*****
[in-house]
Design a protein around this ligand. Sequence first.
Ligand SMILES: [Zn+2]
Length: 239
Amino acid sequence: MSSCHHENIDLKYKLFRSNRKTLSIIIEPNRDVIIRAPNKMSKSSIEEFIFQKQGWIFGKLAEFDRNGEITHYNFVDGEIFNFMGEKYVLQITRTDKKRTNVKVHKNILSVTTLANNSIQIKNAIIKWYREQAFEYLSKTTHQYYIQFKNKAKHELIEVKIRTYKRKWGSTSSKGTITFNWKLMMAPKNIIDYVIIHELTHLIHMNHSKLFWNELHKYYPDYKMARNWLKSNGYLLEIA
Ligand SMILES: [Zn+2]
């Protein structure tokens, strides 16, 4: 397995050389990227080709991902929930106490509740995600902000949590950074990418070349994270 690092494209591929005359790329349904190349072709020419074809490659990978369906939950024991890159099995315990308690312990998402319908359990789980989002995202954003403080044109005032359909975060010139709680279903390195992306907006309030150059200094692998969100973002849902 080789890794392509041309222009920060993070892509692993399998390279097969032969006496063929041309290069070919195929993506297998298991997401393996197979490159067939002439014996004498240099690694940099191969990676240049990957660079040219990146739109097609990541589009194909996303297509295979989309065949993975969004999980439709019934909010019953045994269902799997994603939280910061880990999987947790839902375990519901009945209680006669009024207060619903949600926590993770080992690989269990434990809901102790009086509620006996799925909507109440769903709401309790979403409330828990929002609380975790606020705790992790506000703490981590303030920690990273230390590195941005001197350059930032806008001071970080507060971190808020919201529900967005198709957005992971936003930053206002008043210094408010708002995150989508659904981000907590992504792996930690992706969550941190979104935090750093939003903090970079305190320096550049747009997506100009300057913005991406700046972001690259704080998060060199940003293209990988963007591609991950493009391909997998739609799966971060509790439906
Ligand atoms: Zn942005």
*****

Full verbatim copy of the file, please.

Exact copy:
[in-house]
Design a protein around this ligand. Sequence first.
Ligand SMILES: [Zn+2]
Length: 239
Amino acid sequence: MSSCHHENIDLKYKLFRSNRKTLSIIIEPNRDVIIRAPNKMSKSSIEEFIFQKQGWIFGKLAEFDRNGEITHYNFVDGEIFNFMGEKYVLQITRTDKKRTNVKVHKNILSVTTLANNSIQIKNAIIKWYREQAFEYLSKTTHQYYIQFKNKAKHELIEVKIRTYKRKWGSTSSKGTITFNWKLMMAPKNIIDYVIIHELTHLIHMNHSKLFWNELHKYYPDYKMARNWLKSNGYLLEIA
Ligand SMILES: [Zn+2]
């Protein structure tokens, strides 16, 4: 397995050389990227080709991902929930106490509740995600902000949590950074990418070349994270 690092494209591929005359790329349904190349072709020419074809490659990978369906939950024991890159099995315990308690312990998402319908359990789980989002995202954003403080044109005032359909975060010139709680279903390195992306907006309030150059200094692998969100973002849902 080789890794392509041309222009920060993070892509692993399998390279097969032969006496063929041309290069070919195929993506297998298991997401393996197979490159067939002439014996004498240099690694940099191969990676240049990957660079040219990146739109097609990541589009194909996303297509295979989309065949993975969004999980439709019934909010019953045994269902799997994603939280910061880990999987947790839902375990519901009945209680006669009024207060619903949600926590993770080992690989269990434990809901102790009086509620006996799925909507109440769903709401309790979403409330828990929002609380975790606020705790992790506000703490981590303030920690990273230390590195941005001197350059930032806008001071970080507060971190808020919201529900967005198709957005992971936003930053206002008043210094408010708002995150989508659904981000907590992504792996930690992706969550941190979104935090750093939003903090970079305190320096550049747009997506100009300057913005991406700046972001690259704080998060060199940003293209990988963007591609991950493009391909997998739609799966971060509790439906
Ligand atoms: Zn942005």